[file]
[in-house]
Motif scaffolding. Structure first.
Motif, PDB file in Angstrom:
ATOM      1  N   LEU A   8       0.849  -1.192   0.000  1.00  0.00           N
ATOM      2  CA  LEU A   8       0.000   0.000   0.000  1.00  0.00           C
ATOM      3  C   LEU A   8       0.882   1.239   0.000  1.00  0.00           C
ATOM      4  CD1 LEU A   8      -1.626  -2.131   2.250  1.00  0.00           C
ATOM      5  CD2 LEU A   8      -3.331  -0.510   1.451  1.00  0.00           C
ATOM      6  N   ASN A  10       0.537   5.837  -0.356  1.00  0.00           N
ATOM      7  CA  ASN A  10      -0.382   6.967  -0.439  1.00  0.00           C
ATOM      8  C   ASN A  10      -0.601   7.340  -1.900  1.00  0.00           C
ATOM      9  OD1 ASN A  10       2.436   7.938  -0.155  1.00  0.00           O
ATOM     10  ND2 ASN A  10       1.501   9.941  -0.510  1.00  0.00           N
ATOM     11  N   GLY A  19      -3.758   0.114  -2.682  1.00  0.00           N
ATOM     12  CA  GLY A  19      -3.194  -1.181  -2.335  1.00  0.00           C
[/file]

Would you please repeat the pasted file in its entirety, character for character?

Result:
[in-house]
Motif scaffolding. Structure first.
Motif, PDB file in Angstrom:
ATOM      1  N   LEU A   8       0.849  -1.192   0.000  1.00  0.00           N
ATOM      2  CA  LEU A   8       0.000   0.000   0.000  1.00  0.00           C
ATOM      3  C   LEU A   8       0.882   1.239   0.000  1.00  0.00           C
ATOM      4  CD1 LEU A   8      -1.626  -2.131   2.250  1.00  0.00           C
ATOM      5  CD2 LEU A   8      -3.331  -0.510   1.451  1.00  0.00           C
ATOM      6  N   ASN A  10       0.537   5.837  -0.356  1.00  0.00           N
ATOM      7  CA  ASN A  10      -0.382   6.967  -0.439  1.00  0.00           C
ATOM      8  C   ASN A  10      -0.601   7.340  -1.900  1.00  0.00           C
ATOM      9  OD1 ASN A  10       2.436   7.938  -0.155  1.00  0.00           O
ATOM     10  ND2 ASN A  10       1.501   9.941  -0.510  1.00  0.00           N
ATOM     11  N   GLY A  19      -3.758   0.114  -2.682  1.00  0.00           N
ATOM     12  CA  GLY A  19      -3.194  -1.181  -2.335  1.00  0.00           C